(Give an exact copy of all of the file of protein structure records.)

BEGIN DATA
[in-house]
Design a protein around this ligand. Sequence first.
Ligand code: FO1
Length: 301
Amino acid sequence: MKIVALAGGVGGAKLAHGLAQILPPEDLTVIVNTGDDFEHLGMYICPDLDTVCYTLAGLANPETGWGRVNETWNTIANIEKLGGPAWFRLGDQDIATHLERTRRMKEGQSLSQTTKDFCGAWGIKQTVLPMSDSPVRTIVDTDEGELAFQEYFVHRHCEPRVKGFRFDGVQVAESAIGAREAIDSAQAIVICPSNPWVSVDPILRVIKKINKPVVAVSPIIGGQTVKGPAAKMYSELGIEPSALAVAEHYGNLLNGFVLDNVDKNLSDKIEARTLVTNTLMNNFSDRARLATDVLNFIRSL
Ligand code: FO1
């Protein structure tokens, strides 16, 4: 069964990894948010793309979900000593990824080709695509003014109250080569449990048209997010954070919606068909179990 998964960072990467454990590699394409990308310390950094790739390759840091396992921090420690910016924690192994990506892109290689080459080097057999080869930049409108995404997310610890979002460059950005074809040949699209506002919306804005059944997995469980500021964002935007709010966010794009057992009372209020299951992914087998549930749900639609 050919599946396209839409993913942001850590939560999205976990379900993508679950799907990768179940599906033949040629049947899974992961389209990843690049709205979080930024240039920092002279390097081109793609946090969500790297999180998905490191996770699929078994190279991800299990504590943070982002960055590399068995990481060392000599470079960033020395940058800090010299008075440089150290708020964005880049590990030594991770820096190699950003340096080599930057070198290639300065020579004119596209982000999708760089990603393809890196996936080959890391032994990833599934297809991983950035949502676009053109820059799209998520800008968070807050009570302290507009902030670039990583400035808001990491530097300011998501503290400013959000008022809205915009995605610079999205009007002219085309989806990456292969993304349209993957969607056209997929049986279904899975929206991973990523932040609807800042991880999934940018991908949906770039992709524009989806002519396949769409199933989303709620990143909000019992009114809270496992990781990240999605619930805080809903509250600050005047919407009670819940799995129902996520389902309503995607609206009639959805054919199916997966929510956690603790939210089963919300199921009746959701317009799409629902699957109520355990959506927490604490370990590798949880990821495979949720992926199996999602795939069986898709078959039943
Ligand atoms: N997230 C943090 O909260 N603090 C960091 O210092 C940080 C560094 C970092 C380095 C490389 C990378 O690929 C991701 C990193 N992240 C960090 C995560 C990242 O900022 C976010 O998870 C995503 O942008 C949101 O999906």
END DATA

[in-house]
Design a protein around this ligand. Sequence first.
Ligand code: FO1
Length: 301
Amino acid sequence: MKIVALAGGVGGAKLAHGLAQILPPEDLTVIVNTGDDFEHLGMYICPDLDTVCYTLAGLANPETGWGRVNETWNTIANIEKLGGPAWFRLGDQDIATHLERTRRMKEGQSLSQTTKDFCGAWGIKQTVLPMSDSPVRTIVDTDEGELAFQEYFVHRHCEPRVKGFRFDGVQVAESAIGAREAIDSAQAIVICPSNPWVSVDPILRVIKKINKPVVAVSPIIGGQTVKGPAAKMYSELGIEPSALAVAEHYGNLLNGFVLDNVDKNLSDKIEARTLVTNTLMNNFSDRARLATDVLNFIRSL
Ligand code: FO1
């Protein structure tokens, strides 16, 4: 069964990894948010793309979900000593990824080709695509003014109250080569449990048209997010954070919606068909179990 998964960072990467454990590699394409990308310390950094790739390759840091396992921090420690910016924690192994990506892109290689080459080097057999080869930049409108995404997310610890979002460059950005074809040949699209506002919306804005059944997995469980500021964002935007709010966010794009057992009372209020299951992914087998549930749900639609 050919599946396209839409993913942001850590939560999205976990379900993508679950799907990768179940599906033949040629049947899974992961389209990843690049709205979080930024240039920092002279390097081109793609946090969500790297999180998905490191996770699929078994190279991800299990504590943070982002960055590399068995990481060392000599470079960033020395940058800090010299008075440089150290708020964005880049590990030594991770820096190699950003340096080599930057070198290639300065020579004119596209982000999708760089990603393809890196996936080959890391032994990833599934297809991983950035949502676009053109820059799209998520800008968070807050009570302290507009902030670039990583400035808001990491530097300011998501503290400013959000008022809205915009995605610079999205009007002219085309989806990456292969993304349209993957969607056209997929049986279904899975929206991973990523932040609807800042991880999934940018991908949906770039992709524009989806002519396949769409199933989303709620990143909000019992009114809270496992990781990240999605619930805080809903509250600050005047919407009670819940799995129902996520389902309503995607609206009639959805054919199916997966929510956690603790939210089963919300199921009746959701317009799409629902699957109520355990959506927490604490370990590798949880990821495979949720992926199996999602795939069986898709078959039943
Ligand atoms: N997230 C943090 O909260 N603090 C960091 O210092 C940080 C560094 C970092 C380095 C490389 C990378 O690929 C991701 C990193 N992240 C960090 C995560 C990242 O900022 C976010 O998870 C995503 O942008 C949101 O999906």